Second-quarter results yielded further markdowns at major dealers due to the increasing counterparty risk posed by monoline insurers.
Before the credit and liquidity crisis struck in July last year, monoline insurers underwrote billions of dollars of assets for dealers, such as super-senior tranches of collateralised debt obligations of asset-backed securities (CDOs of ABSs).
In the case of CDOs of ABSs, laying off these exposures freed up balance sheets so dealers could continue to originate new trades. But the deterioration in the credit quality of monolines has given them a lasting hangover.
From April 1 to June 30, five-year credit default swap (CDS) spreads on New York-based guarantor Ambac’s senior unsecured debt inflated from 702.47 basis points to 2,205.71bp; similarly, five-year CDSs linked to the bonds of New York-based competitor MBIA went from 736.32bp to 2,810bp, according to Citi.
Gross notional exposures – or the total amount of monoline protection held – hadn’t changed significantly for many banks in the second quarter. But a deterioration in the credit quality of monolines had caused an uptick in their net exposures, explained Tom Jenkins, senior financials analyst at Royal Bank of Scotland (RBS) in London. “Gross notional exposures haven’t changed an awful lot since the first quarter, but net exposures have increased slightly as the value of credit protection bought from monolines has dropped.”
Some banks had also been more frank about their exposures. “One of the interesting developments is there are a couple of banks that have given us a little more in the way of information,” said Jenkins.
Barclays, for instance, previously did not disclose its gross exposure – a figure now placed at £21.48 billion. The bank also reported a £3.017 billion net monoline counterparty exposure.
Similarly, HSBC unveiled a gross exposure of $14.567 billion in the second quarter and a net exposure of $2.837 billion.
Among a small number of dealers revising their gross figures upward, Citi put its total at $27.9 billion in the second quarter, from a first-quarter figure of $23.89 billion.
BNP Paribas reported gross exposures amounting to €2.7 billion in the first quarter and has now revised this upward to €16.32 billion. Its exposures were mostly to bond insurers Ambac, CIFG and MBIA, according to RBS-compiled data, and it benefited from $600 million in related hedges.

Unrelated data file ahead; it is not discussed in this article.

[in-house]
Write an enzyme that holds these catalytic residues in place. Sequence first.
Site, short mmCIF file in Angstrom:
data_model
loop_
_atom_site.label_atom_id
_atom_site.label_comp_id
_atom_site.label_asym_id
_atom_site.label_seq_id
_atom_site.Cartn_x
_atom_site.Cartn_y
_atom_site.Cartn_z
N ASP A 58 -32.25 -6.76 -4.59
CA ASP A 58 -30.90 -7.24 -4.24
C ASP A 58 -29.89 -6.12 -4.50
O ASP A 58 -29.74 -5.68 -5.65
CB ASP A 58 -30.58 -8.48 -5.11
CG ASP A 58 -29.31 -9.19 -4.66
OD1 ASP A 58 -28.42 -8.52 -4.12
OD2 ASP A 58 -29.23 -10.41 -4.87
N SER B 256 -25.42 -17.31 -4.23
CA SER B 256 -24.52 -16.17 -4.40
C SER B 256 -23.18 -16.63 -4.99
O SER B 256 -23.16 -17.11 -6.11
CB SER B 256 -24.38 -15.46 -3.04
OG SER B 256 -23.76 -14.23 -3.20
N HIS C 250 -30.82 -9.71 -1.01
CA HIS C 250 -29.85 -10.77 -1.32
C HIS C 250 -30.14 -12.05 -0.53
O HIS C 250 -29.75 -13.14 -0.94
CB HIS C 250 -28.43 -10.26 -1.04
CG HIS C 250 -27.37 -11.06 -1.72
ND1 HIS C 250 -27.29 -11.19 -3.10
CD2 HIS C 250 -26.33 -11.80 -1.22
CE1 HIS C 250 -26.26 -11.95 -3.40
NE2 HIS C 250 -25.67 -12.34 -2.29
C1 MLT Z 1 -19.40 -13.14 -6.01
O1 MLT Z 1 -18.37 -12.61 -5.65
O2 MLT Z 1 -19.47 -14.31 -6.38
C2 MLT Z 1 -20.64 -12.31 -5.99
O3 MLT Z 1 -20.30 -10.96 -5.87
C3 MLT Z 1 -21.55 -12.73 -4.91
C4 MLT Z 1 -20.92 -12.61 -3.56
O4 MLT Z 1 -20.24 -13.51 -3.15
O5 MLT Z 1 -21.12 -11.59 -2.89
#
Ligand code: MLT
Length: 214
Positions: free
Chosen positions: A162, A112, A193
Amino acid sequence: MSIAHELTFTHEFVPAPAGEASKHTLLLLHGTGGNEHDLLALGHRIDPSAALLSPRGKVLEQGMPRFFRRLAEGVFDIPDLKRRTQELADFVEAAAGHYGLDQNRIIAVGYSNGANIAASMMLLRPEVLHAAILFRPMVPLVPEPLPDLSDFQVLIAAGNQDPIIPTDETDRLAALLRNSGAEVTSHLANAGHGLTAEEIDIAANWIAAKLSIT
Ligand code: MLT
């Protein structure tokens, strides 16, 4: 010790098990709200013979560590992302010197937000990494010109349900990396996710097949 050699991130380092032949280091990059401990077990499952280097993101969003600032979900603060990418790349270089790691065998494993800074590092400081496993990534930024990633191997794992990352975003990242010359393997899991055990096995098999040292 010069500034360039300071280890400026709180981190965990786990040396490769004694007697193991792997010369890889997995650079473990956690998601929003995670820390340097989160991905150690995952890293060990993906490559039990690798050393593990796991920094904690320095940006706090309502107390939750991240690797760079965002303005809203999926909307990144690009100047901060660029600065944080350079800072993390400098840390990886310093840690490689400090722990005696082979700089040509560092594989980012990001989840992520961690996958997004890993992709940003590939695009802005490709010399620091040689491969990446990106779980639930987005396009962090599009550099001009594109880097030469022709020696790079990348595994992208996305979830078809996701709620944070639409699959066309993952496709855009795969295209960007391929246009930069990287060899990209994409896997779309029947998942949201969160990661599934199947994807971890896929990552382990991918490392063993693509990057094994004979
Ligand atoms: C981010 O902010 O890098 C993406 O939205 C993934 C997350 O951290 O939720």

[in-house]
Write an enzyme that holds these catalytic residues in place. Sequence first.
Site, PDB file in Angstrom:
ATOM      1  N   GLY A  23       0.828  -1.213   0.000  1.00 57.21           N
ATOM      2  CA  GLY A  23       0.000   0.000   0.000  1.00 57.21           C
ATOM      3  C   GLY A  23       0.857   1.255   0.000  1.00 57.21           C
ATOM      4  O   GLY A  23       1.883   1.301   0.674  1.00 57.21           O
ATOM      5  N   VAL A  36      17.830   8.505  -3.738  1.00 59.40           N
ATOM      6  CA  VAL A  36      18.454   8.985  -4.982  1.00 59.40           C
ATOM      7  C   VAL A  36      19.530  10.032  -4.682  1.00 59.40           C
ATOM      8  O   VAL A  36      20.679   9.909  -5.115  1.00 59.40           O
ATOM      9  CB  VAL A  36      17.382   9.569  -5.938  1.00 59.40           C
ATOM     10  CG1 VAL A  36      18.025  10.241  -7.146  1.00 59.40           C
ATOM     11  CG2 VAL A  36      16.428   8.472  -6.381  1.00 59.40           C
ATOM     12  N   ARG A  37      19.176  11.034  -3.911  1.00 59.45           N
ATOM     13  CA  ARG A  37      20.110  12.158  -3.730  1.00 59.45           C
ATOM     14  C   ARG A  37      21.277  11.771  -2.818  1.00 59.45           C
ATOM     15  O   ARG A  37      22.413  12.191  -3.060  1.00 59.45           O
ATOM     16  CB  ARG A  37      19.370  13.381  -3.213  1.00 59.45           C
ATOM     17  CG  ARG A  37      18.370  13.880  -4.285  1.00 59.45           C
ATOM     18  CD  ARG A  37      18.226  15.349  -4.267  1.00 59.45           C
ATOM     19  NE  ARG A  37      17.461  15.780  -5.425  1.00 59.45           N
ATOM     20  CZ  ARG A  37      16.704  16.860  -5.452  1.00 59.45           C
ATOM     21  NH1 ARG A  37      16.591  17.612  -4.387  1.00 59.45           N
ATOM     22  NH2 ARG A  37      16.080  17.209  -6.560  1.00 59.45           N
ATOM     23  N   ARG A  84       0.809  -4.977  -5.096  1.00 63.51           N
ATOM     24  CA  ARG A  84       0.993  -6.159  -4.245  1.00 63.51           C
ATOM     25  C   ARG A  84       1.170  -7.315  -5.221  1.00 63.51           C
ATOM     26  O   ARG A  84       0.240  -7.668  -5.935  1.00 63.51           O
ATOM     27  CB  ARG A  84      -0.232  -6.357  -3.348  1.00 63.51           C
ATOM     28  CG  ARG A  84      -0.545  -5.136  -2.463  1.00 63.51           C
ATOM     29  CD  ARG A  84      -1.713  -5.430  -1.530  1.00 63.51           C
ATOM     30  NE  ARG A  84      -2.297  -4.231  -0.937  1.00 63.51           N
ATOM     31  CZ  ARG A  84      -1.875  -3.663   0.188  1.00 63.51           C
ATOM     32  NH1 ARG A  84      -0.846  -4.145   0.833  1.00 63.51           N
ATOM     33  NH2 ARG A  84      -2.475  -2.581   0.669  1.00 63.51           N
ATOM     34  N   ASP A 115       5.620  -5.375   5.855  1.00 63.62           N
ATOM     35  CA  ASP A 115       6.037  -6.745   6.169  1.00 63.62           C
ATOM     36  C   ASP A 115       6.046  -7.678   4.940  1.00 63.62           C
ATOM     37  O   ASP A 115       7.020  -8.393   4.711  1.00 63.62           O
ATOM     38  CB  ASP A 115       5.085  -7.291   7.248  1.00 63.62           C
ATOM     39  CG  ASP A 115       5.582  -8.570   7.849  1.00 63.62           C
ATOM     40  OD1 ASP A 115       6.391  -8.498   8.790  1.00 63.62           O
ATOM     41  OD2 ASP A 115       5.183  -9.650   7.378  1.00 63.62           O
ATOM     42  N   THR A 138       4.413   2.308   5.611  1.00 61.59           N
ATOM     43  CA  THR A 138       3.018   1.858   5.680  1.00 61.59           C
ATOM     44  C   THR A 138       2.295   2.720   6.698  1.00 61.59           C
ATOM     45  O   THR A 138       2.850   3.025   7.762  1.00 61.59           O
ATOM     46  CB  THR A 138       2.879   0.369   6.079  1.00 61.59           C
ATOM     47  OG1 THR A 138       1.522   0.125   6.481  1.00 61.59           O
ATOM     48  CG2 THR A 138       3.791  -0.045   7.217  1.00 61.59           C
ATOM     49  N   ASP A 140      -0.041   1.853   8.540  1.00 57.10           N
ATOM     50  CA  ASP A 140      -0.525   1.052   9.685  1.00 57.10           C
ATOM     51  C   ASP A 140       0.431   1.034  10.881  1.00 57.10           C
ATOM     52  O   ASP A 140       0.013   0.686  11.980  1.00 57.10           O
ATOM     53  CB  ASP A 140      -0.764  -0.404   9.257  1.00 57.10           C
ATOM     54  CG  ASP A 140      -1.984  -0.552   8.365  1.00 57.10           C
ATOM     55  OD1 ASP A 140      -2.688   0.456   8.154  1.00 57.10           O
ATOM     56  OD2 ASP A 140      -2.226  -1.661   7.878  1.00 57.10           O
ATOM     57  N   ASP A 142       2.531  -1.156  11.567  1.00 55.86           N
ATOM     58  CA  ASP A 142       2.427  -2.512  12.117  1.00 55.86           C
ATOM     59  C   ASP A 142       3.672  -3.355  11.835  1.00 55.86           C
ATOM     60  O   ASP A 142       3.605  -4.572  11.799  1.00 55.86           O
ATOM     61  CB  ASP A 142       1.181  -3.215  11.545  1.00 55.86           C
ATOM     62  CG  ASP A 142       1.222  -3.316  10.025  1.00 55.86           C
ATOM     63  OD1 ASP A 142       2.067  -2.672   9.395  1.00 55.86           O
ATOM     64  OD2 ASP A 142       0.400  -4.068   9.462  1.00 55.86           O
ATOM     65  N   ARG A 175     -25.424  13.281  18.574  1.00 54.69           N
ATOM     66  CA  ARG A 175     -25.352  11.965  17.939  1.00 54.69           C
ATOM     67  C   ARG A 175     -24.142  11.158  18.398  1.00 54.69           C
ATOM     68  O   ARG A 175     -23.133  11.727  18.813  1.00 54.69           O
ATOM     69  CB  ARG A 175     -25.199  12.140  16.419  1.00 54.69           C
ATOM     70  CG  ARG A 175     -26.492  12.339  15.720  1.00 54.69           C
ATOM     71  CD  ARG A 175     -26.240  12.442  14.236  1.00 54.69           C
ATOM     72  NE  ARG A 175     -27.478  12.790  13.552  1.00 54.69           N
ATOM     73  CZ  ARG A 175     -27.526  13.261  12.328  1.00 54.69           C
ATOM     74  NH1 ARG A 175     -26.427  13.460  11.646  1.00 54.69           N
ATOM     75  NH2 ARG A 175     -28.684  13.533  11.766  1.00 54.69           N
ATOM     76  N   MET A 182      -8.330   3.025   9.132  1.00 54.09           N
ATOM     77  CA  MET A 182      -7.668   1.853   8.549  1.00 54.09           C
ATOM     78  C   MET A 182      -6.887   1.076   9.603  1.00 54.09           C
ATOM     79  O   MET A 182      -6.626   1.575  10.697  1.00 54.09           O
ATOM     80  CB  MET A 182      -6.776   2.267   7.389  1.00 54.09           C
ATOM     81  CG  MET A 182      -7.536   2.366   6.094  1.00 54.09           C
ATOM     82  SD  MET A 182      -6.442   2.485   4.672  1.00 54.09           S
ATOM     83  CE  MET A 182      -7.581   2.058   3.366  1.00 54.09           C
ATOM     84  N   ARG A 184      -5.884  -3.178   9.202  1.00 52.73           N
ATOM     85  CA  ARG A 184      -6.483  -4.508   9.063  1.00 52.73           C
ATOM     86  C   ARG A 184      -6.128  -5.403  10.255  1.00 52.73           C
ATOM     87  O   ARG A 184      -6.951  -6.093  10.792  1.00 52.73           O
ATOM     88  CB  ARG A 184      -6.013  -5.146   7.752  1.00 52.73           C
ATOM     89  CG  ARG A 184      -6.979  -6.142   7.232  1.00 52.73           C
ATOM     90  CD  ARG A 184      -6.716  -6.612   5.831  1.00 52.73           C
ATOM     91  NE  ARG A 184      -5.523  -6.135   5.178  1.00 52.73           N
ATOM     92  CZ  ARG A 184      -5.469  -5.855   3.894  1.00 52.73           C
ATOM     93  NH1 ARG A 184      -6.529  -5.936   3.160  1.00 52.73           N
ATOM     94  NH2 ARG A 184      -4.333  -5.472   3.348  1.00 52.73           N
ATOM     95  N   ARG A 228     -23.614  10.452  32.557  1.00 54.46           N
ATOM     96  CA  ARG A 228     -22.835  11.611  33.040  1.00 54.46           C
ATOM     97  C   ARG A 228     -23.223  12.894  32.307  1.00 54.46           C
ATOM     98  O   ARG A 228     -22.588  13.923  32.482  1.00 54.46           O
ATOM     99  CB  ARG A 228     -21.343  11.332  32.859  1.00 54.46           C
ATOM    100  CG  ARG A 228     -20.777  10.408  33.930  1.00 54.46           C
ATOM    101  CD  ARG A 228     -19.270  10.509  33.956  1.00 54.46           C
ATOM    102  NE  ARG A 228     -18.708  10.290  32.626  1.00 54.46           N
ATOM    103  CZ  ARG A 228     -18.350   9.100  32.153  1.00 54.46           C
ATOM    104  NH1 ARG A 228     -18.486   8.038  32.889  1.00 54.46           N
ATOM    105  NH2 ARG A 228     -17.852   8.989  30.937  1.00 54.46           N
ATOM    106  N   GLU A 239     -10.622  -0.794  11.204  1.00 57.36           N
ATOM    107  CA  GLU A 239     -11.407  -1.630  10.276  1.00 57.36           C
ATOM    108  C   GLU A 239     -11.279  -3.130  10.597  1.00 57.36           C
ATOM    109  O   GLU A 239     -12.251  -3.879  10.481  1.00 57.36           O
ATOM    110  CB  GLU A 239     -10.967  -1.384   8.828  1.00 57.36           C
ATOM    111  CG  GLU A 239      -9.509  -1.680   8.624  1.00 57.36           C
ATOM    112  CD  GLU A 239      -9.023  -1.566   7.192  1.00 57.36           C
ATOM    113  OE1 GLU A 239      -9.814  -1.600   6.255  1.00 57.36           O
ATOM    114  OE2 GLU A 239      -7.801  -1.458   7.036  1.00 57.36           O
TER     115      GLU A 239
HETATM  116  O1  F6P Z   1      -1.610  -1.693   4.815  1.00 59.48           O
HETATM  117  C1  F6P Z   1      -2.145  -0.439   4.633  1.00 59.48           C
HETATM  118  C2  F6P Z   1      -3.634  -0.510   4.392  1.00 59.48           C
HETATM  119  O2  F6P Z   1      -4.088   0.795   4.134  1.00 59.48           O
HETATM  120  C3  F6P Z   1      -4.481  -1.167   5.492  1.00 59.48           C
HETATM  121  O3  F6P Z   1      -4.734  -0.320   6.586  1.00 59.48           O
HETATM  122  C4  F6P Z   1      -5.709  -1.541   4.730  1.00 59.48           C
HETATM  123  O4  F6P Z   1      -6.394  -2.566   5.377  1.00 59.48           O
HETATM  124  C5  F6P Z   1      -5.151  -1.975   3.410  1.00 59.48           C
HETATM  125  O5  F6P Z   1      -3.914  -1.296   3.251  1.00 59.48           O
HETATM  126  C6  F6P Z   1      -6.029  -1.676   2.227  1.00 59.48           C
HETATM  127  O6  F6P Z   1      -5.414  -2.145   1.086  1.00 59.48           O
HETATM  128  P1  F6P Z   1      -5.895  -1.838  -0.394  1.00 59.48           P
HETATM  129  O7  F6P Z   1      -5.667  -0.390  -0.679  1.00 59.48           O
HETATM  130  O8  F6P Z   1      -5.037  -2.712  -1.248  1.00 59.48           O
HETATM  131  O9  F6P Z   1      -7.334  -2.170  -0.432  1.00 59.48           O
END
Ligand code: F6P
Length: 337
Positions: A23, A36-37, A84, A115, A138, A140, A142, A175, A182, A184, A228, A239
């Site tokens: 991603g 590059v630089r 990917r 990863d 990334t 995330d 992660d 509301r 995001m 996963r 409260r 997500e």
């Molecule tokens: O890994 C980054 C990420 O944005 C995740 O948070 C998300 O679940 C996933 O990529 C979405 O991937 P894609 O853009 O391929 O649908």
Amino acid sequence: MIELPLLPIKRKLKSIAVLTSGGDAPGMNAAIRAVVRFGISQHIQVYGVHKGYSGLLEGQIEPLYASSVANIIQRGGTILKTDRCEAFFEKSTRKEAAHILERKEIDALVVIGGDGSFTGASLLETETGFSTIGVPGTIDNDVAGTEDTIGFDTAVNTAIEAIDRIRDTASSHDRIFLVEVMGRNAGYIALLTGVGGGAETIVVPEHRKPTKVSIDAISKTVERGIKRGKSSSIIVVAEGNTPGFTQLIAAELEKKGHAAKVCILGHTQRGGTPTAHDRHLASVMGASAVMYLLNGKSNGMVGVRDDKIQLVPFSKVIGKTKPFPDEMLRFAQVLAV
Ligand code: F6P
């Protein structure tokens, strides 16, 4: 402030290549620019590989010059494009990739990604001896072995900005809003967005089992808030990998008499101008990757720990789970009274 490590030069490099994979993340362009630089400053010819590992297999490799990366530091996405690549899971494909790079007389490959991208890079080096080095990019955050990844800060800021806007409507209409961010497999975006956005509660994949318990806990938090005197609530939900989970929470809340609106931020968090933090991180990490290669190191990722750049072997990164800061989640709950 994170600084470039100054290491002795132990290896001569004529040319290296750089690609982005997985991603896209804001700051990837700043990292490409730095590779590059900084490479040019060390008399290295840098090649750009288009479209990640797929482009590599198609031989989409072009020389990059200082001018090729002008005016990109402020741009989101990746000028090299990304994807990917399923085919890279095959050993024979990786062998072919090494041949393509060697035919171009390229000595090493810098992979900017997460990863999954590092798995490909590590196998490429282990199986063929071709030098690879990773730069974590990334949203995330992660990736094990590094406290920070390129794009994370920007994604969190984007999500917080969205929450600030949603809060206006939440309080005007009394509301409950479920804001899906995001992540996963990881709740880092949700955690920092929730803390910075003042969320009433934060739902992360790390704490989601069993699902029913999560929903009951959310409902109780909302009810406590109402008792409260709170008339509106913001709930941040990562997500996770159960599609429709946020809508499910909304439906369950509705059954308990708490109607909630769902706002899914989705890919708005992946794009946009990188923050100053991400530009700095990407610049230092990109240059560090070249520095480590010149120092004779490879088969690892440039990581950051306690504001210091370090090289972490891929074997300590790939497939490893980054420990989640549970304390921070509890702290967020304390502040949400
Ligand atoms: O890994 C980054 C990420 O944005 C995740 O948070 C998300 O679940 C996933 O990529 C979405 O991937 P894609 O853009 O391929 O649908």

Société Générale’s gross exposure also rose in the second quarter, from €7.3 billion to €23.5 billion, although the bank claimed it held exposure mostly to higher-rated monolines, such as Ambac and MBIA.
Meanwhile, Fortis raised its gross figure from €2.8 billion in the first quarter to €3.9 billion in its second-quarter figures. This included €1.8 billion of investment-grade underlying risk and €1 billion of CDOs of ABSs, according to data collected by RBS.
At least some of the more significant gross numbers are a result of greater disclosure around negative basis trades, Jenkins and his colleagues believe. Negative basis trades usually involve buying highly rated assets and concurrently purchasing CDS protection on them. In this way, the strategy profits from the ‘negative basis’ between synthetic and cash assets.
From dealers’ second-quarter filings, discrepancies are still evident in the way banks report monoline counterparty exposures. Unlike some other banks, for example, Jenkins noted Barclays reported its exposures as banking loan risk in the second quarter. “Barclays is one of the banks that has elected to carry most of its monoline risk on the banking loan book. So it’s only going to register an impairment if there’s actually a loss recorded,” he observed.
The size of haircuts levelled for monoline counterparty risk remains varied across dealers. Adam Richmond, New York-based credit strategist at Morgan Stanley, said that, while US banks were marking gains from monolines at an average of 46 cents on the dollar, European institutions were marking them at 69 cents on the dollar. “You do see a bit of divergence between the US and Europe,” he said, adding Morgan Stanley’s “base case” was 55 cents on the dollar.
Nonetheless, differences in the marks taken against monoline-facing trades could be justified, argued Jenkins of RBS. “There are six major monolines and each one has its own credit quality or claims-paying ability. There’s more validity in having a range of marks on your monoline exposure than there would be on structured credit generally.”
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